Virion and Genome Structure

Figure 2. Virion and genome structure of Canine Distemper Virus[5].


All Morbilliviruses, including CDV, are virions enveloped by a lipid bilayer containing a single-stranded, negative-sense RNA genome [6]. CDV virus particles typically are between 150-300 nm in diameter [7].Their genomes code for six structural proteins in the following order: N (nucleocapsid), P (phosphoprotein). M (matrix protein). F (fusion protein) (See Figure 2). H (hemagglutinin protein), and L (large protein). They also code for V and C, two non-structural proteins [5]. The P and L proteins are coupled and attached to the N protein, which surrounds the genome to form the nucleocapsid. The P protein serves as the co-factor for the viral RNA-dependent RNA polymerase (L protein) [5]. The two glycoproteins, H and F, are spikes embedded in the lipid bilayer that mediate fusion between other cells. The envelope-associated M protein is evenly arranged underneath the lipid bilayer and regulates the two glycoproteins in addition to linking the nucleoplasmid with these proteins [5].


The CDV genome consists of 15,616 nucleotides and parallels the genomes of other morbilliviruses, particularly that of its closest relative, the measles virus (MV) [8]. This genome begins with the putative regulatory 3' leader (55 nucleotides long) that directly precedes the N gene, which is then followed by the P, M, F, H, and L genes. Between the L gene and the end of the CDV genome (the 5' terminus), lies the putative 5' leader region (38 nucleotides long) [9]. The putative sequences direct the transcription and replication of the genome. Intergenic sequences, located at the 3' and 5' ends of every structural gene segment control transcription termination and reinitiation [10].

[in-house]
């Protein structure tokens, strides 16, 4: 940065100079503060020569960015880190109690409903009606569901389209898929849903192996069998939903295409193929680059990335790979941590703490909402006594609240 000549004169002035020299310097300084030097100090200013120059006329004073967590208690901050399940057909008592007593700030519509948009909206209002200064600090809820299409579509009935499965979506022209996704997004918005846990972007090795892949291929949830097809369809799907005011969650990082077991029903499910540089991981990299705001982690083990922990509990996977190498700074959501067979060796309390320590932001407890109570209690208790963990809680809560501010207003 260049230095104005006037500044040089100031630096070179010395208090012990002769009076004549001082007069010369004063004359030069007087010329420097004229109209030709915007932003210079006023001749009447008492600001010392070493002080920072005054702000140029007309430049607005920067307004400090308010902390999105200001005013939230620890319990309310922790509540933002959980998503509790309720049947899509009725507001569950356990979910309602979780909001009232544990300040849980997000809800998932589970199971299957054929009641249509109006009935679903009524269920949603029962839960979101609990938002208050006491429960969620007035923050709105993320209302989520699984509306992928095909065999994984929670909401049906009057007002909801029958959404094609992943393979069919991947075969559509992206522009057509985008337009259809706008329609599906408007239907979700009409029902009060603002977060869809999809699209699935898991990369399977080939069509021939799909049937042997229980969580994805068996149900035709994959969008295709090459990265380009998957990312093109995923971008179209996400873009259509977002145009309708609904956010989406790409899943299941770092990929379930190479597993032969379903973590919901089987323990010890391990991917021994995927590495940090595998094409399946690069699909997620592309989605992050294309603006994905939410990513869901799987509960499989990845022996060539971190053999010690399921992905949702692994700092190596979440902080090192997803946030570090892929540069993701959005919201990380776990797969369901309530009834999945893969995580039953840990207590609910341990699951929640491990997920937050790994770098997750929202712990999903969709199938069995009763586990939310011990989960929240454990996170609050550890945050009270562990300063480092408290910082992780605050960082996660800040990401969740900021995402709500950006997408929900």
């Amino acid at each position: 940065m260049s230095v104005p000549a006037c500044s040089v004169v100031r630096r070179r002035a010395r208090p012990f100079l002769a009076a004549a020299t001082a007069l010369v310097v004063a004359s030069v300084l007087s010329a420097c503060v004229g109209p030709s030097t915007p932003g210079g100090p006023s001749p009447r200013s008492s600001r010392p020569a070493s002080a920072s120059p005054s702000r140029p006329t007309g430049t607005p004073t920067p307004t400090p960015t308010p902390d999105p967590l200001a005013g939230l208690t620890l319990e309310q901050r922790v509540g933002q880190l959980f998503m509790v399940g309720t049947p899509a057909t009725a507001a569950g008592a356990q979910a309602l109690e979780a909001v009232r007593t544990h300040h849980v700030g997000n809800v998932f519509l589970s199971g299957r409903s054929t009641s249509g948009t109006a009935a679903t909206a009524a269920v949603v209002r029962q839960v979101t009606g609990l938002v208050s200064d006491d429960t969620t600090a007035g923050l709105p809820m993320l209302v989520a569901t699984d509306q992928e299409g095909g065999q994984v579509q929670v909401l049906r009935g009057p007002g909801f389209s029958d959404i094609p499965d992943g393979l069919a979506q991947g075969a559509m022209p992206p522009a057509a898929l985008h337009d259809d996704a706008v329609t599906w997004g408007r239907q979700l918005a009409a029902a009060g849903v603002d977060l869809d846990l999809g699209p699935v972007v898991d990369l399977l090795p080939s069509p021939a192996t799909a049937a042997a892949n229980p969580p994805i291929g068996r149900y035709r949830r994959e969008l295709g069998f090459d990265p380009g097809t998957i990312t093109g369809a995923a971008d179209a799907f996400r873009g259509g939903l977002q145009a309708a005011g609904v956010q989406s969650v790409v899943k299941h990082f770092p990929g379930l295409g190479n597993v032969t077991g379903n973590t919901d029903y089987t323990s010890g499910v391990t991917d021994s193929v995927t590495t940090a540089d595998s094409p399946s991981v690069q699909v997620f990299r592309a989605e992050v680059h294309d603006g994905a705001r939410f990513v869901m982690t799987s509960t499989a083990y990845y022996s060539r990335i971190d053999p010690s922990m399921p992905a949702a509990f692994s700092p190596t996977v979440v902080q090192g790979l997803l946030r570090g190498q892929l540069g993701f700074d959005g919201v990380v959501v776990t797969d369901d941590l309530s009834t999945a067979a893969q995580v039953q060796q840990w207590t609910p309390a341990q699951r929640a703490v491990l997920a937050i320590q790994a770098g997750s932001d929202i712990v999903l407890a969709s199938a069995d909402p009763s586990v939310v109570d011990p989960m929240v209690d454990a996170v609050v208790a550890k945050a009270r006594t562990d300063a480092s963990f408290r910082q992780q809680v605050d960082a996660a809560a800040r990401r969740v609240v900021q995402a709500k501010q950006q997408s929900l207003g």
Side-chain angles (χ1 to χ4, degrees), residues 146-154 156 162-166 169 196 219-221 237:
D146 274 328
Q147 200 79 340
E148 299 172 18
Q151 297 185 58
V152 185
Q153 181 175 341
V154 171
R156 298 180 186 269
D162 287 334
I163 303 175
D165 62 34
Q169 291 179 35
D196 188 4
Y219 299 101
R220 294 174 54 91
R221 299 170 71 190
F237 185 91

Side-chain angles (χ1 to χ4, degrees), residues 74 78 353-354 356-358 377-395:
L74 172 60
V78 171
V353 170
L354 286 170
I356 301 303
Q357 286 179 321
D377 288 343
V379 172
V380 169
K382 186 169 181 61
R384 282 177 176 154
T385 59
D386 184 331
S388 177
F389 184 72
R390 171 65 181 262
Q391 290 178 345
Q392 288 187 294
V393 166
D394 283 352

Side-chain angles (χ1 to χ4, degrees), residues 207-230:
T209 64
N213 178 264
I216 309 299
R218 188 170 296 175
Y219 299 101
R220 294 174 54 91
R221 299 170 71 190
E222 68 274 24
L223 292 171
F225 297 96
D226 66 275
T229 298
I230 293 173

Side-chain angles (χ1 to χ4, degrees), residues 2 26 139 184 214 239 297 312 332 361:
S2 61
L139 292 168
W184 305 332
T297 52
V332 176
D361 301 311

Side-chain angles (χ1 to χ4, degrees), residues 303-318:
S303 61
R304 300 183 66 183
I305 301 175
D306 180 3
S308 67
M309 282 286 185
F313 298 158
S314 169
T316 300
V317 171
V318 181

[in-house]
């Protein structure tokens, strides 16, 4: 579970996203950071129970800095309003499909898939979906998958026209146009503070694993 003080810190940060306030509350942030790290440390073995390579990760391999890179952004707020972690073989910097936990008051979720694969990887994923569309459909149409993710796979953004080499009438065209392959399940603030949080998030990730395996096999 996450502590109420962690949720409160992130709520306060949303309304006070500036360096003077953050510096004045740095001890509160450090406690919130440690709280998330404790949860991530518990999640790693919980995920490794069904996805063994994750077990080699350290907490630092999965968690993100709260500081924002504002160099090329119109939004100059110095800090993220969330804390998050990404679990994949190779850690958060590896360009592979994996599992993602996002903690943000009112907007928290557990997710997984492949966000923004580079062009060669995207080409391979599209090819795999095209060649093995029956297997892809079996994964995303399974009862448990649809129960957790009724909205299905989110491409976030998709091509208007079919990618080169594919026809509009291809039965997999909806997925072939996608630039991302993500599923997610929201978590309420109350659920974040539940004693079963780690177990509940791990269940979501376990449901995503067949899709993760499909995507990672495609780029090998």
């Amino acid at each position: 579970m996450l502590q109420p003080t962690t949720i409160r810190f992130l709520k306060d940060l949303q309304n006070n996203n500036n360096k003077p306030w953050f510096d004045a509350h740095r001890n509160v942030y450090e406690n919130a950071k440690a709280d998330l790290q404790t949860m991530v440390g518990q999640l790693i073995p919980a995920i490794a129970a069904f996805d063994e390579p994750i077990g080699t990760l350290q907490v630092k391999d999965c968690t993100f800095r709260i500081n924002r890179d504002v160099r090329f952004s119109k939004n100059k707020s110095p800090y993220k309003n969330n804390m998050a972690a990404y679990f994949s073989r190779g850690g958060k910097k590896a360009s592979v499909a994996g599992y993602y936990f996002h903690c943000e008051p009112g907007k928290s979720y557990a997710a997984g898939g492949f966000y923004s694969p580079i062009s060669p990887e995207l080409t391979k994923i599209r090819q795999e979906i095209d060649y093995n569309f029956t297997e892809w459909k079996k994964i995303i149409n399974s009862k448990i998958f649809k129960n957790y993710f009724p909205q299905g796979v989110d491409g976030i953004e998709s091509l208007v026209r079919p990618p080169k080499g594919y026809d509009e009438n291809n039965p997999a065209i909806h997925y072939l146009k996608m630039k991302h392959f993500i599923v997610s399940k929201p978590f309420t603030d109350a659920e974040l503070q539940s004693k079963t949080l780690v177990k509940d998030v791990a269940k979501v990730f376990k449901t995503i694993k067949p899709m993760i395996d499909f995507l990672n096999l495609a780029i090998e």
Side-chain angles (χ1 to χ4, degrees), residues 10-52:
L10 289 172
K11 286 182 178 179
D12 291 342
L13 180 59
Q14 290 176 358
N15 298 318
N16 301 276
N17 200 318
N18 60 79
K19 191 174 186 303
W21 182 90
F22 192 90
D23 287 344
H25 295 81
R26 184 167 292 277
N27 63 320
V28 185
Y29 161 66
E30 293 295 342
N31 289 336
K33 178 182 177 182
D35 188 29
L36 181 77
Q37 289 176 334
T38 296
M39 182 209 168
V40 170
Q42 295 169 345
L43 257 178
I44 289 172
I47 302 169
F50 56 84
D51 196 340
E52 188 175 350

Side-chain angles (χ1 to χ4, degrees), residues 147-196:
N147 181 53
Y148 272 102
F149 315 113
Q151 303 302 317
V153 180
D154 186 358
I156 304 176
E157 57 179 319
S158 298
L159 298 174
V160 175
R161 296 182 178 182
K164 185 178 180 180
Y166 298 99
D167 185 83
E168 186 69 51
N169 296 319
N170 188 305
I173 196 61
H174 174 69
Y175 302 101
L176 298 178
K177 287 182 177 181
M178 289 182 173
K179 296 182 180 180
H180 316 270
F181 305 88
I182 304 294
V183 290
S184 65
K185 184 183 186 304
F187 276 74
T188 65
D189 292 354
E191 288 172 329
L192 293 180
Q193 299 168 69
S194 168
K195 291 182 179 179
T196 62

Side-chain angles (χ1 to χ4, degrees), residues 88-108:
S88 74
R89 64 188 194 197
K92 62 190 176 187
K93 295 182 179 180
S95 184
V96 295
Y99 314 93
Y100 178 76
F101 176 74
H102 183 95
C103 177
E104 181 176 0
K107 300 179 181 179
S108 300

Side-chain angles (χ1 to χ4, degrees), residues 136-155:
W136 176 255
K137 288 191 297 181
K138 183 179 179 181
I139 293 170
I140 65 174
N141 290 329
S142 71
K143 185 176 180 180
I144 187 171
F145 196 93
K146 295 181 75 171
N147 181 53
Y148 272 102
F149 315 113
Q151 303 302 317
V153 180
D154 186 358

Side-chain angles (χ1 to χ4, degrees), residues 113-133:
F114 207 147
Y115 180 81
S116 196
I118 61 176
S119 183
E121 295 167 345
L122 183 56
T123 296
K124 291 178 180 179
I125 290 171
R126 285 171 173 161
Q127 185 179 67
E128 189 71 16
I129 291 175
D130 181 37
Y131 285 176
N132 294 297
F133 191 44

Viral Ecology and Pathology


Include some current research in each topic, with at least one figure showing data.

Signs and Symptoms


[11]


Prevention and Treatment

Figure 5. Nobivac® DHP, a widely available CDV vaccine [12].



The prevention of CDV, while simple in theory, is almost impossible to successfully implement. Effective vaccines exist and are the only realistic solution for controlling canine distemper in domestic dogs [13] (See Figure 5). While CDV vaccines have greatly decreased the prevalence on canine distemper, the disease still spreads among unvaccinated populations including animal shelters, pet stores, and feral dogs. Additionally, many domestic dogs are suceptible to CDV if their owner forgets or declines to vaccinate their puppies with the required booster shots that are needed until the puppy reaches 16 weeks [14]. Prevention of CDV in captive wild animals can be achieved through careful vaccination, however these vaccines must be proven to be safe for the animals as they can occasionally have adverse effects [13]. However, the widespread vaccination of wild animals is obviously unfeasible, so effective conservation and wildlife management strategies must be implemented to achieve prevention (possible solutions described below).